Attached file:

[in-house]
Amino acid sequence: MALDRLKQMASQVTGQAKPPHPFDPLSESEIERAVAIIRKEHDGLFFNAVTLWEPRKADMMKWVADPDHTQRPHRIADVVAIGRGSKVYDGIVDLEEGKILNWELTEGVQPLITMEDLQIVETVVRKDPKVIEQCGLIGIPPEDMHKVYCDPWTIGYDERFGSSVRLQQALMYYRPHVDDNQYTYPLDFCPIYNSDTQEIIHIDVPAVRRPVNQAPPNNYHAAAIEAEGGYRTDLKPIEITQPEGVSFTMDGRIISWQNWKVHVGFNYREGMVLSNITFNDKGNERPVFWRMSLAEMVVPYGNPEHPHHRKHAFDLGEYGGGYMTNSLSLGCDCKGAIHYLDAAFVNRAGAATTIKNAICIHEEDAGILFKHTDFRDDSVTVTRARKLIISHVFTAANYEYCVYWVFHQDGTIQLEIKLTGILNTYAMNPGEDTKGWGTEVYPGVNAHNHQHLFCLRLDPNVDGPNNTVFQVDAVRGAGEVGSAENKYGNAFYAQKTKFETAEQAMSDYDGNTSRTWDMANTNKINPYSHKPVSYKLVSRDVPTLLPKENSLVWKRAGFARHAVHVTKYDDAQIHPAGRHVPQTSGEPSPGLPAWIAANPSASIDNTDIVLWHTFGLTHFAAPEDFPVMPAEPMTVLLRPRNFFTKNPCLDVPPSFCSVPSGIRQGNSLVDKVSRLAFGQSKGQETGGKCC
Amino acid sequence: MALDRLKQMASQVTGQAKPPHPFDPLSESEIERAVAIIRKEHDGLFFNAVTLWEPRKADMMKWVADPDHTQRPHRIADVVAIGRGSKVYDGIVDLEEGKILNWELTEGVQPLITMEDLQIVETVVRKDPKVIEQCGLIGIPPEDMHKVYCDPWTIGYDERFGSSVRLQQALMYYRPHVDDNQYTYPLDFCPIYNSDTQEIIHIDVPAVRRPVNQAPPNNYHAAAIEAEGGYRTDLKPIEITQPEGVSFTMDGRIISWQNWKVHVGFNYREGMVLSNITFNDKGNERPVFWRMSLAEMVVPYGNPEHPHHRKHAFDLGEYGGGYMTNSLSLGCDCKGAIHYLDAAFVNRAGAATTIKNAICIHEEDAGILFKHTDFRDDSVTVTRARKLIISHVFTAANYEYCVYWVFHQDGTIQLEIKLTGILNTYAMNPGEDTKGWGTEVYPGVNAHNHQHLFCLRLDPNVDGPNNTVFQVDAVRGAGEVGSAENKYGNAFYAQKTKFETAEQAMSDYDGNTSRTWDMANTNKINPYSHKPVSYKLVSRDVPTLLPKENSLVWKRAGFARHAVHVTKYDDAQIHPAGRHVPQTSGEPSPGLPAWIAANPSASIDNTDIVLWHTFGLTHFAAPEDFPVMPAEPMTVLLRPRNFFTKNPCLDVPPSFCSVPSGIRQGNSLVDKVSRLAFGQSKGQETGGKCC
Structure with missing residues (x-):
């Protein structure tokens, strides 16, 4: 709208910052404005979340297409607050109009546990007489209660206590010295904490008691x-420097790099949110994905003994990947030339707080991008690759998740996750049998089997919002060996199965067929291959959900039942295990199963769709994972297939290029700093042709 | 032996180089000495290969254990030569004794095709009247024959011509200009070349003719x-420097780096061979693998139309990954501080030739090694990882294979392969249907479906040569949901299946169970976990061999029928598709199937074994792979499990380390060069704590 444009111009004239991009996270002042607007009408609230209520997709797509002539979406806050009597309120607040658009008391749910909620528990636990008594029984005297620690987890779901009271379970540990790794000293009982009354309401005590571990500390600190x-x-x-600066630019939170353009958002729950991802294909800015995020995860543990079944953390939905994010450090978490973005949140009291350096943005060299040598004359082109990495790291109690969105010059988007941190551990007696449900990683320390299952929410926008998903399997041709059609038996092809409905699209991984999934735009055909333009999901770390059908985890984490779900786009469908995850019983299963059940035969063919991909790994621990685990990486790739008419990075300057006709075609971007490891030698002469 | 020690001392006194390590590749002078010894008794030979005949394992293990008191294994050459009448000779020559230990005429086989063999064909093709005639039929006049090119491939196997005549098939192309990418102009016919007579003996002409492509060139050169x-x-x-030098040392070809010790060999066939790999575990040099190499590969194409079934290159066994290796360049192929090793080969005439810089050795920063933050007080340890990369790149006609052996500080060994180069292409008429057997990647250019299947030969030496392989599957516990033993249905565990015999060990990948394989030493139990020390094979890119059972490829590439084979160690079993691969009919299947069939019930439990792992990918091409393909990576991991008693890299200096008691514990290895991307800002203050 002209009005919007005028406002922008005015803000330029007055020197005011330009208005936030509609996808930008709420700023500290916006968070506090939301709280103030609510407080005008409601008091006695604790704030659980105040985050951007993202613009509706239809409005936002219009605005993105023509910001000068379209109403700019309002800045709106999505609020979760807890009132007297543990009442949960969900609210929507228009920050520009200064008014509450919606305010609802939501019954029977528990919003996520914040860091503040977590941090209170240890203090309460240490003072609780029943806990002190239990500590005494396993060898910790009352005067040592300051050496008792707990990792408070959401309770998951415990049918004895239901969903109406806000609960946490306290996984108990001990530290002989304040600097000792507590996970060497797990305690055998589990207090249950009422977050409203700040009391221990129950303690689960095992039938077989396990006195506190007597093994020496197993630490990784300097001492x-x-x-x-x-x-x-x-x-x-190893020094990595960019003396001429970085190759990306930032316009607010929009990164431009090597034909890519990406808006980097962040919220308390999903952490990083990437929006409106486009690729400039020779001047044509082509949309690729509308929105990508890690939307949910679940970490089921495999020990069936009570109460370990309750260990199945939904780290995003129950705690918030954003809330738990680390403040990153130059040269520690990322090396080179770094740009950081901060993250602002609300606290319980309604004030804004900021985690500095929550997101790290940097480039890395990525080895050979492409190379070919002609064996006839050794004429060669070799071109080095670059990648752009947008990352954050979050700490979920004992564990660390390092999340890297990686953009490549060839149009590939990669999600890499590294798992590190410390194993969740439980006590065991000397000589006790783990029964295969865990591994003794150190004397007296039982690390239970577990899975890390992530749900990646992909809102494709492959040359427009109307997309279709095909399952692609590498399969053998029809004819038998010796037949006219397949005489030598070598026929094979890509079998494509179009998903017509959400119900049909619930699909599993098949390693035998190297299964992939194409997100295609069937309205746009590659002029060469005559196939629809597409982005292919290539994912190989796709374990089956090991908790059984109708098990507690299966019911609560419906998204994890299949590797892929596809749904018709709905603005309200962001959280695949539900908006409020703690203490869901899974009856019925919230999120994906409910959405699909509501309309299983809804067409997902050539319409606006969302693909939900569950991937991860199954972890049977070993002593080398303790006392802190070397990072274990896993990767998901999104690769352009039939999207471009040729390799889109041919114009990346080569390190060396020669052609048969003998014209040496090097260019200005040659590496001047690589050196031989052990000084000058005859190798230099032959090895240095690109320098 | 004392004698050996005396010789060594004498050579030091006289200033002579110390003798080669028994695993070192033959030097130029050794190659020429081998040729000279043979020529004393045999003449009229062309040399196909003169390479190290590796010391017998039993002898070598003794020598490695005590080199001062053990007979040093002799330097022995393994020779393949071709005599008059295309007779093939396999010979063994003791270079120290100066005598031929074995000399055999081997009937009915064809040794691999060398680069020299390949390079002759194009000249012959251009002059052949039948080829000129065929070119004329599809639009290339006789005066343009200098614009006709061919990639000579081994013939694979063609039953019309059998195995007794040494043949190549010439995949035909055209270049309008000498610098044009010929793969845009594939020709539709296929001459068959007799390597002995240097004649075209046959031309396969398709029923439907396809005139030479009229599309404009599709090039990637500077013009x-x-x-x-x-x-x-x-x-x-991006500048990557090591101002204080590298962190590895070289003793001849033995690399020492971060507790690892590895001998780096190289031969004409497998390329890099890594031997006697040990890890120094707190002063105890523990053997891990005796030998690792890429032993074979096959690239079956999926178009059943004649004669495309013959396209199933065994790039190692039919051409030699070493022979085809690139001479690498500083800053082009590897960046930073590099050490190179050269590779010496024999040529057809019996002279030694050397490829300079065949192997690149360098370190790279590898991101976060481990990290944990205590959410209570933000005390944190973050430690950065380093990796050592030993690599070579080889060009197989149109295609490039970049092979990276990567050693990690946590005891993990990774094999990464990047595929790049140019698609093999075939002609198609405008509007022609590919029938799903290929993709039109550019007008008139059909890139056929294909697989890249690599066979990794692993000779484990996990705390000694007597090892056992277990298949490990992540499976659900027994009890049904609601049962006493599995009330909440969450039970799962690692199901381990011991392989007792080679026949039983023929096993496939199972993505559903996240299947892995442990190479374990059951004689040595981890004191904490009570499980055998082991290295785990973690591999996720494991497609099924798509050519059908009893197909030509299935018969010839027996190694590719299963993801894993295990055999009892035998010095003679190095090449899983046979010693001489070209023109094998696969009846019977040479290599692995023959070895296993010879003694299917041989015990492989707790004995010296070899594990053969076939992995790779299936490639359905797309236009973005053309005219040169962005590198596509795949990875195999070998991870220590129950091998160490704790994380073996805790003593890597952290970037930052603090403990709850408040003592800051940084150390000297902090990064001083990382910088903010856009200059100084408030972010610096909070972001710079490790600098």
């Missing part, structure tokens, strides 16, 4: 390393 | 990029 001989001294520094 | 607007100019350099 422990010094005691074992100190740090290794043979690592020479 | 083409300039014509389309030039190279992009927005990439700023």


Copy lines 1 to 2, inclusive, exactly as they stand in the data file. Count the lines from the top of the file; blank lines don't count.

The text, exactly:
[in-house]
Amino acid sequence: MALDRLKQMASQVTGQAKPPHPFDPLSESEIERAVAIIRKEHDGLFFNAVTLWEPRKADMMKWVADPDHTQRPHRIADVVAIGRGSKVYDGIVDLEEGKILNWELTEGVQPLITMEDLQIVETVVRKDPKVIEQCGLIGIPPEDMHKVYCDPWTIGYDERFGSSVRLQQALMYYRPHVDDNQYTYPLDFCPIYNSDTQEIIHIDVPAVRRPVNQAPPNNYHAAAIEAEGGYRTDLKPIEITQPEGVSFTMDGRIISWQNWKVHVGFNYREGMVLSNITFNDKGNERPVFWRMSLAEMVVPYGNPEHPHHRKHAFDLGEYGGGYMTNSLSLGCDCKGAIHYLDAAFVNRAGAATTIKNAICIHEEDAGILFKHTDFRDDSVTVTRARKLIISHVFTAANYEYCVYWVFHQDGTIQLEIKLTGILNTYAMNPGEDTKGWGTEVYPGVNAHNHQHLFCLRLDPNVDGPNNTVFQVDAVRGAGEVGSAENKYGNAFYAQKTKFETAEQAMSDYDGNTSRTWDMANTNKINPYSHKPVSYKLVSRDVPTLLPKENSLVWKRAGFARHAVHVTKYDDAQIHPAGRHVPQTSGEPSPGLPAWIAANPSASIDNTDIVLWHTFGLTHFAAPEDFPVMPAEPMTVLLRPRNFFTKNPCLDVPPSFCSVPSGIRQGNSLVDKVSRLAFGQSKGQETGGKCC